The truth hurts

On my part-time salary,  and even with a joint household income, it looked like I would be a massive £800 short every month.

This forced me to face, albeit painfully, the truth about my income and expenditures. The realisation that I seriously needed to change the way I managed my money, to avert disaster, quickly sunk in.

Changing before I have to and not because I have to!

Knowing my personality type, I knew I needed a structure and some sort of accountability system. Around December 2017, a man from my small group at church shared a Youtube video. It was about a lady who had saved over a massive $100k after college in the USA. I was so curious as to how how she did it, and within two  days I had joined her Clever Girl Finance Accountability Programme. Given my debts, the £15 a month (for six months) fees almost put me off. Nonetheless, I took the plunge, and can confidently say it was one of the best financial investments, that I have ever made.


Hindsight is 20/20

“If I only I knew 10 years ago what I know now”- says my ten year old self.

The Clever Girl Finance Accountability Programme was a lifesaver. As well as the accountability programme, this helped me face my 'Financial Goliath'. I came face to face with the cold hard facts; the numbers, the terms, the stupidity, guilt and shame. Facing this was depressing, but deeply liberating. When we face the truth, it's pretty painful, but the level of freedom we experience outweighs the pain you feel in that moment, when doing it.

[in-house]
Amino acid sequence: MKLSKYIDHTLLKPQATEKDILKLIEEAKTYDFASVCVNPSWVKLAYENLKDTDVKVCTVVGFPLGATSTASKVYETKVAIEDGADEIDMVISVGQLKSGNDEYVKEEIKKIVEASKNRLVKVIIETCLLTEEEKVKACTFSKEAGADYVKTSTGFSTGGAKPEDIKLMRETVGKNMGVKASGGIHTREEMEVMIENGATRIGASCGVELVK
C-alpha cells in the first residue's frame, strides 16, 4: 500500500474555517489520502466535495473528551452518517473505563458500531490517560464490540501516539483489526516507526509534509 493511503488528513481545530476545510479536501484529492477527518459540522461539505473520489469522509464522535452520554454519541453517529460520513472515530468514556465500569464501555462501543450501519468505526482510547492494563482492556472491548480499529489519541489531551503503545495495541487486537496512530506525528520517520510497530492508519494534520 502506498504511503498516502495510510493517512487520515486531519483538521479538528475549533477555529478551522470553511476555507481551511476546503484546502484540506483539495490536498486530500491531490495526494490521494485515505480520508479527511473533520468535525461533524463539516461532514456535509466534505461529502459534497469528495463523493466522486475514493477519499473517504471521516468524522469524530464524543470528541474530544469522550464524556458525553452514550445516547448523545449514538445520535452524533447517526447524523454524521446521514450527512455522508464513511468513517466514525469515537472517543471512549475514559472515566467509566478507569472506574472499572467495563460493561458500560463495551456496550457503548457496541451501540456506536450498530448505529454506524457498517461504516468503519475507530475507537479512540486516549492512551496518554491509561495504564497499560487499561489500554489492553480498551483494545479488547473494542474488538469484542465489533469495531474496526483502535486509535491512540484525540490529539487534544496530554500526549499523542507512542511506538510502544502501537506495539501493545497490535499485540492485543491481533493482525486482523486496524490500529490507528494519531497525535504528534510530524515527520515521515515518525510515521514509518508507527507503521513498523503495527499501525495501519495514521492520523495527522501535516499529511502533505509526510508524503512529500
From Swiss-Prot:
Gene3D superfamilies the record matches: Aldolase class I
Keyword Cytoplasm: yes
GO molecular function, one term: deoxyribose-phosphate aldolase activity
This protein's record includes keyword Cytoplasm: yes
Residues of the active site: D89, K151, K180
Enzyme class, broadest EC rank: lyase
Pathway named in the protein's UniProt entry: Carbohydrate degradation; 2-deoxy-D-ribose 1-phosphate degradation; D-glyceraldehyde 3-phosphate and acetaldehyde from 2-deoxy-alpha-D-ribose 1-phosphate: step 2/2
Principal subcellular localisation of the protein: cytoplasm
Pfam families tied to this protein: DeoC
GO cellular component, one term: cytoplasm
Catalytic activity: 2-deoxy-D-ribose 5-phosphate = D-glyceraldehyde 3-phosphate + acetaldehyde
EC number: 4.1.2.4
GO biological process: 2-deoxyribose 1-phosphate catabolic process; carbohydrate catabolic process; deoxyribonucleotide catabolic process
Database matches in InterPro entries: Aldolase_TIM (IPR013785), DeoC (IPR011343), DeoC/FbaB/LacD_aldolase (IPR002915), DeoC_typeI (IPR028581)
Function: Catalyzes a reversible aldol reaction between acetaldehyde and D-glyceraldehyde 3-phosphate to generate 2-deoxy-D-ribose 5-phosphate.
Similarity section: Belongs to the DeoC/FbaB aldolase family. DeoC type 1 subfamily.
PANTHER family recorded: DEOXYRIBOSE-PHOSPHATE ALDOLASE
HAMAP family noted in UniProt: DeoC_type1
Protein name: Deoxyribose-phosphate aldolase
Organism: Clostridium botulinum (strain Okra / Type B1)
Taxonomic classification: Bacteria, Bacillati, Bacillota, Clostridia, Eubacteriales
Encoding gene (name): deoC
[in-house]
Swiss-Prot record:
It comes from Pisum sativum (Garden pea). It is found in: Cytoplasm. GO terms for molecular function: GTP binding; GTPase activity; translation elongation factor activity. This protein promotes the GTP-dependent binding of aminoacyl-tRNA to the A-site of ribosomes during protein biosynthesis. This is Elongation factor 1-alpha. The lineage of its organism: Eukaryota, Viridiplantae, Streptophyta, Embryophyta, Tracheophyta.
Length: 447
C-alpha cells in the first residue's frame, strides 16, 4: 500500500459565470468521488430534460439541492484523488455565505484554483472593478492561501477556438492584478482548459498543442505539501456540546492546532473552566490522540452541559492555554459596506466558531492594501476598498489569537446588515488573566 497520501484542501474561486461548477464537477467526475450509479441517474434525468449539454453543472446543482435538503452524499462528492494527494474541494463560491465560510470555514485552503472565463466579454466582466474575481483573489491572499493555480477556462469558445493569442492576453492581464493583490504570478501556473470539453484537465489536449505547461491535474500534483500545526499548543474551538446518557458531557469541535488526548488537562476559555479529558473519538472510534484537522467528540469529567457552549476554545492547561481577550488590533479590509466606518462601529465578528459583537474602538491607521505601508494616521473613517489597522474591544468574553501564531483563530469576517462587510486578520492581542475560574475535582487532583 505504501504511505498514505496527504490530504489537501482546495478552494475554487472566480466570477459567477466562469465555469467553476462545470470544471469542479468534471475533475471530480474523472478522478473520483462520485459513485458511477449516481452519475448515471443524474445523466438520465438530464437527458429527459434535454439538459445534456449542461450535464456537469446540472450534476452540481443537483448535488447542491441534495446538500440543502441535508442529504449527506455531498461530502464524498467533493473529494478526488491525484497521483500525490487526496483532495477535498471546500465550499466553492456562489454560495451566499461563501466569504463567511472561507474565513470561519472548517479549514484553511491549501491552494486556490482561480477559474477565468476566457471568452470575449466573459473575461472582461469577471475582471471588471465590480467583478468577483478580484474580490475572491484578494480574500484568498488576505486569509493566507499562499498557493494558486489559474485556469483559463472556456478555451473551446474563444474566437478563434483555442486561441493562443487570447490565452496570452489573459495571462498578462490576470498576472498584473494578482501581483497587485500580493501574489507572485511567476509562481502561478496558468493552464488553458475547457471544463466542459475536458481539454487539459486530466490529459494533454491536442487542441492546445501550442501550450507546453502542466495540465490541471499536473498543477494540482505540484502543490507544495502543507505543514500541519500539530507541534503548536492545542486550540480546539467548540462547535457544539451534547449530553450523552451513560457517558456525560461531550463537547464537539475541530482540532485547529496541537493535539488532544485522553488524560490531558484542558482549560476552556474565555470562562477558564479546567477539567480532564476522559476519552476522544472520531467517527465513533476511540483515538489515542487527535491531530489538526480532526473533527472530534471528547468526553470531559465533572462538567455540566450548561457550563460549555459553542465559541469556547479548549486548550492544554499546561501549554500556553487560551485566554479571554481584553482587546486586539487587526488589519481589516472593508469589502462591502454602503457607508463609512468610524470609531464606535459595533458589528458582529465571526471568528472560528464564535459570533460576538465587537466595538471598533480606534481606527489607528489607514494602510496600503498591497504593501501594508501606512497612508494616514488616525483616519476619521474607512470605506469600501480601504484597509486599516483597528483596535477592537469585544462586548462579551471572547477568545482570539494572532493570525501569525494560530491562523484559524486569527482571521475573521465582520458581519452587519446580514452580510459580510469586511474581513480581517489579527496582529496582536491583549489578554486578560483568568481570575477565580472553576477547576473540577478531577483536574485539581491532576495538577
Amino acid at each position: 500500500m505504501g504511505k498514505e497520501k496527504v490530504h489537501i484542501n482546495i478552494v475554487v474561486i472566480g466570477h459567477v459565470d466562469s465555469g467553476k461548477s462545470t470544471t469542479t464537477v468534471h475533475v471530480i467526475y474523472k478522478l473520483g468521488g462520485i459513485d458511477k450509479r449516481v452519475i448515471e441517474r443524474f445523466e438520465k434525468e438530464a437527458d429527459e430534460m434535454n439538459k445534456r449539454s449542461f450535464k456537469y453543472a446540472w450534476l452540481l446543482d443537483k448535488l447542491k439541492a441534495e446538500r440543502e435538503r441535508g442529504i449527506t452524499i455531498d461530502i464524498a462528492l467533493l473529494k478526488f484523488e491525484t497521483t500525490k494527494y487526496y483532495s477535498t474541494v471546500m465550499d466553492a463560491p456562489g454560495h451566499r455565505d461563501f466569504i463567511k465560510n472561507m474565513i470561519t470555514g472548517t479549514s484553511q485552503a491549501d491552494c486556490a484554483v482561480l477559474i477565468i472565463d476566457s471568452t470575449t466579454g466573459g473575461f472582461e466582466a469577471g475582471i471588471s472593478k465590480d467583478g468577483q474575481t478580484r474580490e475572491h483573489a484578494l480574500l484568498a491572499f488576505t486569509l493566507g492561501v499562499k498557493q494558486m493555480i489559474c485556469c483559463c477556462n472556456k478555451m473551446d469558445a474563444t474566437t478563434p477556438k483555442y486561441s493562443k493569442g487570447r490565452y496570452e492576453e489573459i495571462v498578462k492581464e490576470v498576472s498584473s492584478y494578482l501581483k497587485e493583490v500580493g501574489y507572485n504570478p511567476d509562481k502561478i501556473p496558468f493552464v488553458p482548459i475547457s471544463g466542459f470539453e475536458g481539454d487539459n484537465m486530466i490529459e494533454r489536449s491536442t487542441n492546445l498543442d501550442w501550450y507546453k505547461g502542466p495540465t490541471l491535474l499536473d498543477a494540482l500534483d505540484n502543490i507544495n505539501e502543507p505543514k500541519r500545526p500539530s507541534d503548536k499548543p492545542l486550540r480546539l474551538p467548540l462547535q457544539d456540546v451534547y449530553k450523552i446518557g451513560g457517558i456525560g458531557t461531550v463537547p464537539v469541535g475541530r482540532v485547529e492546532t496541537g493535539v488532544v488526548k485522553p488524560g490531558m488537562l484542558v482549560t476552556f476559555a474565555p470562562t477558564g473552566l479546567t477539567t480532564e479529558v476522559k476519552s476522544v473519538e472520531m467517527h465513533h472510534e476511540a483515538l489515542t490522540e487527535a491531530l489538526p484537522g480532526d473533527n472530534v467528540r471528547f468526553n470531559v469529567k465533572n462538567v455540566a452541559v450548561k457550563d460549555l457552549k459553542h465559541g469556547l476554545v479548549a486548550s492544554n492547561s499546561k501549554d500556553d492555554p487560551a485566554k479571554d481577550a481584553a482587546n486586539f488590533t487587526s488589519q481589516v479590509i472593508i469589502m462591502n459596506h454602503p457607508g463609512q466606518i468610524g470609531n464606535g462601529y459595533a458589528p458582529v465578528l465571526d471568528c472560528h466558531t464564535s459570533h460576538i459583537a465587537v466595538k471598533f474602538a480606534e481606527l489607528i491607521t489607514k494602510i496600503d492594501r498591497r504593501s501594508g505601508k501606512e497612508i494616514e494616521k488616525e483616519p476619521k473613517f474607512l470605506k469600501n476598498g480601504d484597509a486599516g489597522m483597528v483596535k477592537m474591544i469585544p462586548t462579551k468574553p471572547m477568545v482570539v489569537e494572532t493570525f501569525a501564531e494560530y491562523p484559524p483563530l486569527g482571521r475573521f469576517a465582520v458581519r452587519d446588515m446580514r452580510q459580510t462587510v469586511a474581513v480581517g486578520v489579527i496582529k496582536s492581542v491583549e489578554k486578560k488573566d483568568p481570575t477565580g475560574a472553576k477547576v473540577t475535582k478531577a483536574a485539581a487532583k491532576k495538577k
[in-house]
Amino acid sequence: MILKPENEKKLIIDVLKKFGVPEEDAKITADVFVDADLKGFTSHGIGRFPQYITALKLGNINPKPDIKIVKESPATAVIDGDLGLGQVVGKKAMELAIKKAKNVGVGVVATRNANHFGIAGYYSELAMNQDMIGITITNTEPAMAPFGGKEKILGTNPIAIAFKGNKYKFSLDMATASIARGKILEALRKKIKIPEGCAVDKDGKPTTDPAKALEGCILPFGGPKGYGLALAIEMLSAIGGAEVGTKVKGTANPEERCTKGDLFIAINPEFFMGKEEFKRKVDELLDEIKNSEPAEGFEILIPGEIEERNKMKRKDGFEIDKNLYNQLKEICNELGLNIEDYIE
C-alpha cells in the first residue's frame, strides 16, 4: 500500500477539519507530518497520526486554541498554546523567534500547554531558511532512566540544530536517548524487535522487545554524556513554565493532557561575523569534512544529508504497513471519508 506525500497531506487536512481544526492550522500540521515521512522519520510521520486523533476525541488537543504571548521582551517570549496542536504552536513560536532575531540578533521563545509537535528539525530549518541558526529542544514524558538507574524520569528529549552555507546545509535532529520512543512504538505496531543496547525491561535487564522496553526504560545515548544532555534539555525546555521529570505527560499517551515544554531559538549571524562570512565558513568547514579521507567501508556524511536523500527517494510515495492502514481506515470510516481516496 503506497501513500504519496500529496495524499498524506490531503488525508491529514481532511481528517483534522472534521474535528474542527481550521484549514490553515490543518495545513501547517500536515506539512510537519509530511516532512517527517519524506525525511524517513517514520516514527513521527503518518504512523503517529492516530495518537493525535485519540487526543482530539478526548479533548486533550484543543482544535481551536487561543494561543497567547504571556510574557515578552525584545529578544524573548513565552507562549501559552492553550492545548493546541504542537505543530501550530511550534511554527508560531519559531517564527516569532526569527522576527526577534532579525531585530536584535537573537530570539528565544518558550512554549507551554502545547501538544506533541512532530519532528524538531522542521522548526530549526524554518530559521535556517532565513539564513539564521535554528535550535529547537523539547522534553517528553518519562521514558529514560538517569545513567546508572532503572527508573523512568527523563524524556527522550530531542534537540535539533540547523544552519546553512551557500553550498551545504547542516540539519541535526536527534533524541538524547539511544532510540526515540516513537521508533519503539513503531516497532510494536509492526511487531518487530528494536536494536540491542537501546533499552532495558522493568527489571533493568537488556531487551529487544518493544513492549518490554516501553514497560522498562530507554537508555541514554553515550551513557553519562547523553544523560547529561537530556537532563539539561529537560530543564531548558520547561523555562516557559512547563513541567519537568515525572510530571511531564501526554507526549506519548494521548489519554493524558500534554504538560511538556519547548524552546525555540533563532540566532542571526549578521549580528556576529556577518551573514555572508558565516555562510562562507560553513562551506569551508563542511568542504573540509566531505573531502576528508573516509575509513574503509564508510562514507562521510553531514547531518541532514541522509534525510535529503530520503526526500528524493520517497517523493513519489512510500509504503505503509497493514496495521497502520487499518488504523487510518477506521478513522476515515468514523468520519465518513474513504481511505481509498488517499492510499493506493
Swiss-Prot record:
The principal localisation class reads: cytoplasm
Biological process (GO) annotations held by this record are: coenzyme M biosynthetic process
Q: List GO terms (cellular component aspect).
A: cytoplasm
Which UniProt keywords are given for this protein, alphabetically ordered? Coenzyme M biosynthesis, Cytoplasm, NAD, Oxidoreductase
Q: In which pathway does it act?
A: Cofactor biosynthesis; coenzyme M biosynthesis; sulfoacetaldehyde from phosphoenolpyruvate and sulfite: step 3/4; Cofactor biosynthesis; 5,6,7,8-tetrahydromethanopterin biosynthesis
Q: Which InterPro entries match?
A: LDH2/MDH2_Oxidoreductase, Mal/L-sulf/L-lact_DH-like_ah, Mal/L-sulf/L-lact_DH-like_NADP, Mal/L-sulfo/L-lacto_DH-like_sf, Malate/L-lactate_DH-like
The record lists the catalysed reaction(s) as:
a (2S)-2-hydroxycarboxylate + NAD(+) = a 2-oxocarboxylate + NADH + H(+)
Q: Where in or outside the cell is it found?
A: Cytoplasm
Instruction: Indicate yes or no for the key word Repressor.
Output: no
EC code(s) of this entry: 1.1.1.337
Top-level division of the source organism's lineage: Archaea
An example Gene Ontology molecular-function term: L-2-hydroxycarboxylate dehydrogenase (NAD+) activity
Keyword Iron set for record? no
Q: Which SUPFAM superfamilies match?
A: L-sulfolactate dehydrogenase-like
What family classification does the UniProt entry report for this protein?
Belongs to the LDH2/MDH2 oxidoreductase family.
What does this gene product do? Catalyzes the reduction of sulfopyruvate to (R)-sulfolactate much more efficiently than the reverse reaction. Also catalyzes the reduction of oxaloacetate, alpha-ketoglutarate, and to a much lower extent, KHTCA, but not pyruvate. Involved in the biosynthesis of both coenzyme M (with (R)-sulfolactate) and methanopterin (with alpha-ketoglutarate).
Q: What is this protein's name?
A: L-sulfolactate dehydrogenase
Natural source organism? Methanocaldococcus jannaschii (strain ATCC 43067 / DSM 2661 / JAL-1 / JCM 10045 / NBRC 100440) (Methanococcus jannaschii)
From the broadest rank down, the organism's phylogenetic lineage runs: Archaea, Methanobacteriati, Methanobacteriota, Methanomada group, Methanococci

I immediately started reducing my expenses. This meant cutting back on spending, reducing my bills and cancelling subscriptions. I also said no to invitations that cost money, be it a work do, a friend’s birthday or even a church event.  No one received a birthday card from me for an entire year. With all this free time, I read financial books to transform my mindset about money. I learned about different budgeting tools, financial terminologies and how to become the boss of my money.


Boss Blog origin story

I created this blog to share my personal experience as I work towards transforming my finances. I will share what’s working for me and tips on how to stay on track once you begin to hit those goals. I will inspire you to take the necessary steps to becoming the boss of your money. Too many people are ashamed to talk about money, or lack thereof. The same goes for debts, savings, investment and so on. It saddens me to see families crowdfunding to finance their loved one's funeral. It saddens me to know that there are 3.9 million children in the UK, living in poverty -predicted to rise by 50% by 2020 (source: Action for children). It saddens me to hear about elderly people making difficult daily decisions between heat and food. It is a horrible reality when someone is forced to stay in a domestic violent or abusive relationship because they do not know how to manage money and be OK on their own.